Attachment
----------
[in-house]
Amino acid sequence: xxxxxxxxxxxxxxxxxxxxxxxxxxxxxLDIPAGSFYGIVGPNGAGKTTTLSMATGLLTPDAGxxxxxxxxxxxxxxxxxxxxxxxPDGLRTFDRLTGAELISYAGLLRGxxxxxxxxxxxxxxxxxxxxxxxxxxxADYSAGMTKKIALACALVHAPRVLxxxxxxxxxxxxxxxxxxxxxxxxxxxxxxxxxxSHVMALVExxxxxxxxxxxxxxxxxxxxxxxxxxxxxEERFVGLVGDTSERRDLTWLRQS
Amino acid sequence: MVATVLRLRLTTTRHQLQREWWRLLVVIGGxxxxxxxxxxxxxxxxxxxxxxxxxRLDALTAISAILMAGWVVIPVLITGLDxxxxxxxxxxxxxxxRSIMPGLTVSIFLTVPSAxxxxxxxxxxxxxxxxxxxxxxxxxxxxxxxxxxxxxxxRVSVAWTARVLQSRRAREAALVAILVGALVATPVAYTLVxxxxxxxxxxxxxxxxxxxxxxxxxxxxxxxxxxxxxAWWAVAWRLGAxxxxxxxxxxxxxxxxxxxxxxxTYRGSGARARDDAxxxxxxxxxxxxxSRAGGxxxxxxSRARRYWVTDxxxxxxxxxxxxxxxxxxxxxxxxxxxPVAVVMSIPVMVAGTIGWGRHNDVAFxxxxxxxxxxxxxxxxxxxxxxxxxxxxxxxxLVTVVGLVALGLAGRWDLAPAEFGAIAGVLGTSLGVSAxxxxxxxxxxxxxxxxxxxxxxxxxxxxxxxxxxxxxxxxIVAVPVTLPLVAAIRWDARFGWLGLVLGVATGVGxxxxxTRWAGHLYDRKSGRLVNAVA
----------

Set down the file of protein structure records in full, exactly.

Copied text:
[in-house]
Amino acid sequence: xxxxxxxxxxxxxxxxxxxxxxxxxxxxxLDIPAGSFYGIVGPNGAGKTTTLSMATGLLTPDAGxxxxxxxxxxxxxxxxxxxxxxxPDGLRTFDRLTGAELISYAGLLRGxxxxxxxxxxxxxxxxxxxxxxxxxxxADYSAGMTKKIALACALVHAPRVLxxxxxxxxxxxxxxxxxxxxxxxxxxxxxxxxxxSHVMALVExxxxxxxxxxxxxxxxxxxxxxxxxxxxxEERFVGLVGDTSERRDLTWLRQS
Amino acid sequence: MVATVLRLRLTTTRHQLQREWWRLLVVIGGxxxxxxxxxxxxxxxxxxxxxxxxxRLDALTAISAILMAGWVVIPVLITGLDxxxxxxxxxxxxxxxRSIMPGLTVSIFLTVPSAxxxxxxxxxxxxxxxxxxxxxxxxxxxxxxxxxxxxxxxRVSVAWTARVLQSRRAREAALVAILVGALVATPVAYTLVxxxxxxxxxxxxxxxxxxxxxxxxxxxxxxxxxxxxxAWWAVAWRLGAxxxxxxxxxxxxxxxxxxxxxxxTYRGSGARARDDAxxxxxxxxxxxxxSRAGGxxxxxxSRARRYWVTDxxxxxxxxxxxxxxxxxxxxxxxxxxxPVAVVMSIPVMVAGTIGWGRHNDVAFxxxxxxxxxxxxxxxxxxxxxxxxxxxxxxxxLVTVVGLVALGLAGRWDLAPAEFGAIAGVLGTSLGVSAxxxxxxxxxxxxxxxxxxxxxxxxxxxxxxxxxxxxxxxxIVAVPVTLPLVAAIRWDARFGWLGLVLGVATGVGxxxxxTRWAGHLYDRKSGRLVNAVA